We can use this input to help shape the future direction of our development and correct any data issues found by working with our data providers. Beyond target identification and prioritisation, we have had feedback that the platform has been successfully used to support workflows for on-target and off-target safety reviews as well as drug repurposing.
It is part of our core philosophy to make our research outputs openly available, so we consider this to be incredibly important, and that the identification of a promising new target is pre-competitive and should be shared, with the subsequent steps moving into the competitive arena. The user cases mentioned show the benefit of this as the innovation that users have shown using our platform and data has given our team new ideas about how we can develop the platform.
Additionally within the community, we would ask that any group that is generating pre-competitive data relevant to target discovery to ensure it is submitted and made available through a public, sustainable database of record so that we and others can use it to build out the knowledge required to bring safe and effective medicines to patients through improved target selection.
How would you like to see the European community better provide the platform with biological data? How could this be achieved?
The keys are open data and open science. We need the flow of biological data and its descriptive metadata together with the information resulting from the analysis of the data into the existing appropriate databases. Open Targets can then find, access and integrate relevant data into the Open Targets Platform. The push of major European funders for open science and FAIR (Findable, Accessible, Interoperable, and Reusable) principles is a major step forward.
How difficult is it to ensure that data protection and privacy regulations are adhered to? Are there any instances of conflicting requirements – such as data having to be held for a specific duration while patients have an increasing right to have their data ‘forgotten’? How does the platform work to ensure that these issues are resolved?
This is an important issue. Open Targets works with our data providers to incorporate data that is fully publicly available and we’ve updated our own privacy and data policies in light of the recent GDPR legislation. We don’t currently host patient information, but in general patient information has the potential to be very important in our field. It is extremely important that patients are fully involved in decisions about how their data can be used and made available and the connections between making their data available and how it might benefit research and drug discovery are communicated with high quality.
There are existing databases that provide for controlled access to sensitive genome information, for instance the European Genome-phenome Archive (EGA), which is part hosted at one of our partners, EMBL-EBI. We submit identifiable genomics data from our projects to these controlled access resources.
For the Open Targets Platform, we are interested in the evidence that a target is associated with a disease, so one approach that we have adopted that doesn’t require identifiable data is to use summary level data. For instance, the association between a disease and the underlying genomes is summarised in a GWAS result in the association statistics for each SNP, without providing the individual genotype results. We are working with the GWAS catalogue at EMBL-EBI to provide access to these summary statistics.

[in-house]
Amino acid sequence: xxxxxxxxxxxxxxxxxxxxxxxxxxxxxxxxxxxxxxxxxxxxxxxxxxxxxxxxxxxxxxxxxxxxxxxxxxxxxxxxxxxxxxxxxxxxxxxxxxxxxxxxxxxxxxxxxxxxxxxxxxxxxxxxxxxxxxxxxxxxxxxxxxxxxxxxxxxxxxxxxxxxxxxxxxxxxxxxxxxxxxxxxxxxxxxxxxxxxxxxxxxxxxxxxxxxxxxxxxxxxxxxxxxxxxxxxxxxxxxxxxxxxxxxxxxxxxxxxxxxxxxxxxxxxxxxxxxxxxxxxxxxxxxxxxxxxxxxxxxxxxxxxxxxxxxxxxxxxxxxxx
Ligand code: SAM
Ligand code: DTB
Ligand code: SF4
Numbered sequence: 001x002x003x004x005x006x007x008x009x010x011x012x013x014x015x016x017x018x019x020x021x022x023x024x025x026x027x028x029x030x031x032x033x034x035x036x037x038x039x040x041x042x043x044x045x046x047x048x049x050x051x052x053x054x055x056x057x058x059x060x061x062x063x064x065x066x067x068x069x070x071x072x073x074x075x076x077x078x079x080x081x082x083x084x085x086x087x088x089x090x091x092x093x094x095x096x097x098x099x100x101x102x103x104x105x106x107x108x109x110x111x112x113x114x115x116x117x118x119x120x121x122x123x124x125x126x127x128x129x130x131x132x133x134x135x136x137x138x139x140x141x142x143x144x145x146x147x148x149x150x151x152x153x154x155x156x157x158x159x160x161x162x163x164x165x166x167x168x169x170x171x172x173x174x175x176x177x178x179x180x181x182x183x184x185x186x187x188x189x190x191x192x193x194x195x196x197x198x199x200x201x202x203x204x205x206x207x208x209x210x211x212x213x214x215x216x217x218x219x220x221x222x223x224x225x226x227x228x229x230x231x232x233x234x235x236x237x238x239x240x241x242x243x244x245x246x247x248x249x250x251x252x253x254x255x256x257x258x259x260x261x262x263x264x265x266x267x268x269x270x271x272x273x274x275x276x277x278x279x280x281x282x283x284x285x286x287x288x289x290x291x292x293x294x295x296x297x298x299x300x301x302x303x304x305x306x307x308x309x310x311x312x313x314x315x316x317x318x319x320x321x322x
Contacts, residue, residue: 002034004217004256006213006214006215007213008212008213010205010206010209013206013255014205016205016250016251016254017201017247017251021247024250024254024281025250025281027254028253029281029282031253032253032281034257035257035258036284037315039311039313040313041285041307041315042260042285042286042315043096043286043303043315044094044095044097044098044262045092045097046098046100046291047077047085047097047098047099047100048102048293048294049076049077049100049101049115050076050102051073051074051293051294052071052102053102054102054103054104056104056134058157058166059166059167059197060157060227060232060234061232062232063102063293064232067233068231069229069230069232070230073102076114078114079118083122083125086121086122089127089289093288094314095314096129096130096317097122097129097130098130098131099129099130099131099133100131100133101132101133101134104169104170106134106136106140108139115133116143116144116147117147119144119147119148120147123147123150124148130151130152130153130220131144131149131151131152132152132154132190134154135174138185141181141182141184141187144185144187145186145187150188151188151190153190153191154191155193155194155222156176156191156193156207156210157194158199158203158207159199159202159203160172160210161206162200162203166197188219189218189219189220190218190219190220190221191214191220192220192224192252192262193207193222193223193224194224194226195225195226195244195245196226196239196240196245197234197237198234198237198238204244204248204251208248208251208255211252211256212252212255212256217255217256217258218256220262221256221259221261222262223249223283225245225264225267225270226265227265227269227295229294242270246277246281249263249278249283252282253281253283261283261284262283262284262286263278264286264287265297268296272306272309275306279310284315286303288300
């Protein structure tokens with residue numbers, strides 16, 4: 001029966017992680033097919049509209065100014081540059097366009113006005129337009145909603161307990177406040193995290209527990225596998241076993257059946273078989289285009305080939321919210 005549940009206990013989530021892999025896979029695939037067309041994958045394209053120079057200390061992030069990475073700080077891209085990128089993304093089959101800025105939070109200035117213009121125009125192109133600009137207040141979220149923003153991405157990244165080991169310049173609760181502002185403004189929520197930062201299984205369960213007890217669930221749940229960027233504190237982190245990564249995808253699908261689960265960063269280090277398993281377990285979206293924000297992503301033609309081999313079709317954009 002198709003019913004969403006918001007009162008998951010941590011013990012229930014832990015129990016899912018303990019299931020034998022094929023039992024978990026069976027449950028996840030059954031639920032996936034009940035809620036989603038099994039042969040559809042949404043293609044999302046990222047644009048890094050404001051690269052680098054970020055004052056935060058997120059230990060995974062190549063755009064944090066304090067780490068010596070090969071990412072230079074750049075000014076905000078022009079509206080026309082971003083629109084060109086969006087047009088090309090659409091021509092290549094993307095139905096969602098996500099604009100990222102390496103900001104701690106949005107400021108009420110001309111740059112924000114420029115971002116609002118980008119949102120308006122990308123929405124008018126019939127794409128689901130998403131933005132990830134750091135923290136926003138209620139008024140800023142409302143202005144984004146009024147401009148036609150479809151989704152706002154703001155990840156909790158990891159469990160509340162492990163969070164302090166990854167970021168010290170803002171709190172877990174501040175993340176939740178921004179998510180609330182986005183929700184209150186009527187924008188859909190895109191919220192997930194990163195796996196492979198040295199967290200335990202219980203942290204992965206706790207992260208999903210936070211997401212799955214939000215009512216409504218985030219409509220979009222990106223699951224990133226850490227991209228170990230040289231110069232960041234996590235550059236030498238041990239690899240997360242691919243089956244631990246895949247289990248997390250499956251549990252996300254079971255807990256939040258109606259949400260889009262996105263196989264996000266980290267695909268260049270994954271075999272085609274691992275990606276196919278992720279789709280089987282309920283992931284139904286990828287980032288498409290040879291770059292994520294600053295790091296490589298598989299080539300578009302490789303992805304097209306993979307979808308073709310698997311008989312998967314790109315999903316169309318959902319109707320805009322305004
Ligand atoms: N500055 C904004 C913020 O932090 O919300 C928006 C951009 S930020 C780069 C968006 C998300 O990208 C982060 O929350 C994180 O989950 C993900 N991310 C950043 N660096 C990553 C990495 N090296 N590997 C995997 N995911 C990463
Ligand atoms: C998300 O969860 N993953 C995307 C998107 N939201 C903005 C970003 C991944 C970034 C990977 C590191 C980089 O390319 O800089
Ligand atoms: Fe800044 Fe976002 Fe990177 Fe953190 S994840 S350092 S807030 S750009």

Similarly, the occurrence of deleterious mutations in a single gene in a rare disease can be summarised as frequencies of mutation types without providing the individual genotypes. In this way, we can get access to the meaning of the observation without compromising privacy.
How widespread is discarded research data in Europe, and how would you like to see the community help to see the information compiled centrally and made available for novel applications?
It is difficult to know how widespread discarded research data is as it isn’t recorded! Currently, most of the data in our platform is ‘positive’ data, or in other words evidence that there is an association between a target and a disease. Our model can accommodate ‘negative’ data, but the availability of this is limited and it has to be carefully defined.
One immensely helpful piece of evidence in this space, that we would like to see centrally made available, would be better recording of the reasons for terminating drug discovery programmes based on in vivo or in vitro results, as often this is never published, or from trials that are stopped in the clinic but the rationale is not published or easy to discover.
Congratulations for securing Celgene. How does this strengthen the platform, and what will you be looking for with future partnerships?
All our partners bring a unique take on the science of target identification and prioritisation with them. Adding Celgene as a new voice to the consortium will strengthen our collective ideas and give us an opportunity to learn and help inform our platform and project development. As with our other partners, Celgene have a strong interest in genetics, which is an area of our informatics output that we are working with our partners to enhance in the very near future.
As our name suggests, Open Targets is open to collaboration with organisations with similar philosophies and scientific interests to our partners as we believe that the opportunities unfolding in target selection and validation are too big and moving too rapidly for any single organisation to successfully pursue them alone.
New data sources, methods to analyse and score our data, experimental projects and target identification, prioritisation and validation would be interesting topics to discuss.
This article will appear in issue 7 of Health Europa Quarterly, which will be published in November 2018.